Co-headlining shows can be a tricky business. For the audience, it adds an air of mystery and unpredictability — who will go on first? How long will each set be? A good deal of planning has to go into it on the artists’ end, too — how do they settle it? Perhaps a coin toss?
For Waxahatchee and Hurray for the Riff Raff, though, none of these questions seemed to be an issue. Some quick sleuthing seems to indicate that the two headliners, currently on tour together, have been alternating the order they play each night. That way everything’s perfectly fair and amicable — as the stage backdrop that framed the powerhouse acts read, “We’re All in This Together.”
This worked out just fine for last night’s Union Transfer audience, who was equally excited to welcome back hometown hero Waxahatchee and XPN Fest alum Hurray for the Riff Raff.
But before either headliner took the stage, those who were smart enough to arrive early were treated to the soft and ethereal folk tunes of #NPRSlingshot artist Bedouine. Azniv Korkejian appeared onstage with just an acoustic guitar and an electric candle but effortlessly filled the room with soothing songs. The artist made a classic opening-act joke, thanking everyone for listening to songs they’ve never heard, but was pleasantly surprised to find that much of the audience actually was already familiar with her music.
In a swift sonic turn, an energetic hour-long set from Hurray for the Riff followed, filled largely with songs from their year-old album The Navigator. Alynda Segarra is not one to be underestimated — the artist’s presence is immediately commanding, with sharp vocals, arresting lyrics, and a “Power to the People” shirt (which is actually the band’s own merch item, and yes I absolutely did buy it after the show). HFTRR opened with Navigator‘s title track and the invigorating “Live to Save,” and the set steadily intensified.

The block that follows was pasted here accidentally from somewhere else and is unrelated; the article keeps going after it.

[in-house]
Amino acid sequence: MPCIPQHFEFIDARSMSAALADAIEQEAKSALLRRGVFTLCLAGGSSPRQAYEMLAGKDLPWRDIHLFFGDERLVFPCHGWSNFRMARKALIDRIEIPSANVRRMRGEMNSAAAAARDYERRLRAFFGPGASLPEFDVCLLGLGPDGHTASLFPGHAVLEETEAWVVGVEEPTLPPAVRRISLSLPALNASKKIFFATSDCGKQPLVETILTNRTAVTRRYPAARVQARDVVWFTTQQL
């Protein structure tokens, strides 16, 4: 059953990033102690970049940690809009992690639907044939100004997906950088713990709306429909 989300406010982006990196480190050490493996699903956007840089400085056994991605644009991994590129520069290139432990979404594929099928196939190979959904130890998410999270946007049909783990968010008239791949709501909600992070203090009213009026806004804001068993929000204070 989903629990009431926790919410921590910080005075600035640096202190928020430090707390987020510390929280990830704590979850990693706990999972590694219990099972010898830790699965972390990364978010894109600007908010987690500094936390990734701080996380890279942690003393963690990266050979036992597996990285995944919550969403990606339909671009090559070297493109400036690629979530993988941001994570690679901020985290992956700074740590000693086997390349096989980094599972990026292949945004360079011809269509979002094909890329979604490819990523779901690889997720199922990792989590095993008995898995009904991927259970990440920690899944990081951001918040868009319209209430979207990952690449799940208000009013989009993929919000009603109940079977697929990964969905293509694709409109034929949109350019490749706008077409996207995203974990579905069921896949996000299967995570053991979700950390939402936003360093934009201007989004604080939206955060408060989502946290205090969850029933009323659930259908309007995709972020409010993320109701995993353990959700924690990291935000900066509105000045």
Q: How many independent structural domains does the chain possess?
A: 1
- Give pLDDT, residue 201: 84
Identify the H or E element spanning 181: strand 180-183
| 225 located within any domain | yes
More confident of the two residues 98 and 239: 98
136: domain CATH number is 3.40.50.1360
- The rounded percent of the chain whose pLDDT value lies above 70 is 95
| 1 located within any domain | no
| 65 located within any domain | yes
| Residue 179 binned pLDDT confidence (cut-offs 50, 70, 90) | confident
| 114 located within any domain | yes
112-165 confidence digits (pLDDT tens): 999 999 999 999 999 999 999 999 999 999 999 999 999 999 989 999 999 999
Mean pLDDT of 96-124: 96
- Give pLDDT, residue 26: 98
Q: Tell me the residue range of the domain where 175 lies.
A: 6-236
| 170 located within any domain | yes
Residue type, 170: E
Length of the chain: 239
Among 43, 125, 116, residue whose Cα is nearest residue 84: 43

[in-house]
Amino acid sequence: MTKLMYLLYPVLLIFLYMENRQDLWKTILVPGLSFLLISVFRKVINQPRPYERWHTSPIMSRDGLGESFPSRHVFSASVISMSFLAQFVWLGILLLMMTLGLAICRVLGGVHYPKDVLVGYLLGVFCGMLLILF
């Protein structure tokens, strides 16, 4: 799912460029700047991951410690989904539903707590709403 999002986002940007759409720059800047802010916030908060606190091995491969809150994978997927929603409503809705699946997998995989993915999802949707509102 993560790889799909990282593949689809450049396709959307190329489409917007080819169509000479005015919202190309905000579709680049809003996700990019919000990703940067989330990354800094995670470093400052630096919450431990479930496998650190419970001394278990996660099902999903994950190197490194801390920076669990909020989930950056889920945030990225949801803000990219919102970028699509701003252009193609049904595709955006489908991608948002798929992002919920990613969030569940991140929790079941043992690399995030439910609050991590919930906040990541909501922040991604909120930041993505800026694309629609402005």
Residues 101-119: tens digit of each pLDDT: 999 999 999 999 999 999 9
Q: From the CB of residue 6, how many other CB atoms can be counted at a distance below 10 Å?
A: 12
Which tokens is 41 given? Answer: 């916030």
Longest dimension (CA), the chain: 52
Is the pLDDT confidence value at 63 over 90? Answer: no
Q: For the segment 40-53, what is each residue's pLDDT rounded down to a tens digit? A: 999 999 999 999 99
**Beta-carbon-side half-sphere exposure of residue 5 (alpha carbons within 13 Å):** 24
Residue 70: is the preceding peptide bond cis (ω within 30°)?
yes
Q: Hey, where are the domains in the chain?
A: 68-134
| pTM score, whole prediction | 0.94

Segarra wouldn’t want you to mistake her music for anything but political, but the heavy subject matter covered in songs like “Pa’lante,” “Rican Beach,” and a compelling new one called “Kids Who’ll Die” didn’t stop the band’s set from turning into an inspiring, empowering dance party. When Segarra introduced Navigator standout song “Nothing’s Gonna Change That Girl,” she dedicated it to the “divine feminine energy that can’t be destroyed,” and the NYC native further captivated the crowd with an electrifying rendition of “Living in the City” before ending the set, delightfully, with a cover of Bruce Springsteen’s “Dancing in the Dark.”
It was almost bittersweet when Waxahatchee came onstage for their first Philly set since they stopped calling the city home. Sisters Katie and Allison Crutchfield lived here for a number of years, and Waxahatchee is one of the Philly scene’s bigger breakout acts, so I think it’s fair to say that we’ll always consider them a little bit our own. And according to Katie, the city still holds a special place in her heart — she’s written countless songs and recorded a few albums here, including last year’s Out in the Storm.
In the project’s duration, Katie Crutchfield has taken Waxahatchee from a sparse, acoustic solo act to the pure rock ‘n’ roll outfit it is now. But even with a full-band set, Crutchfield made sure to cover the spectrum of her discography, from soft, delicate sadness of her solo gems like “La Loose” and “A Little More” to the raw and gritty rock anthems like “Never Been Wrong” and “No Question” that are fueled by the songwriter’s articulate anger and newfound sense of power. A welcome addition to the band’s 19-song set was Cerulean Salt favorite “Swan Dive,” otherwise known as “the song that makes me cry every time.” Even with the show running late, no one was ready to see Crutchfield go — she obliged with a solo encore that included a cover of Kevin Morby’s “Downtown Lights” and two new songs that hint that Waxahatchee may be back sooner rather than later. That would be fine with us.
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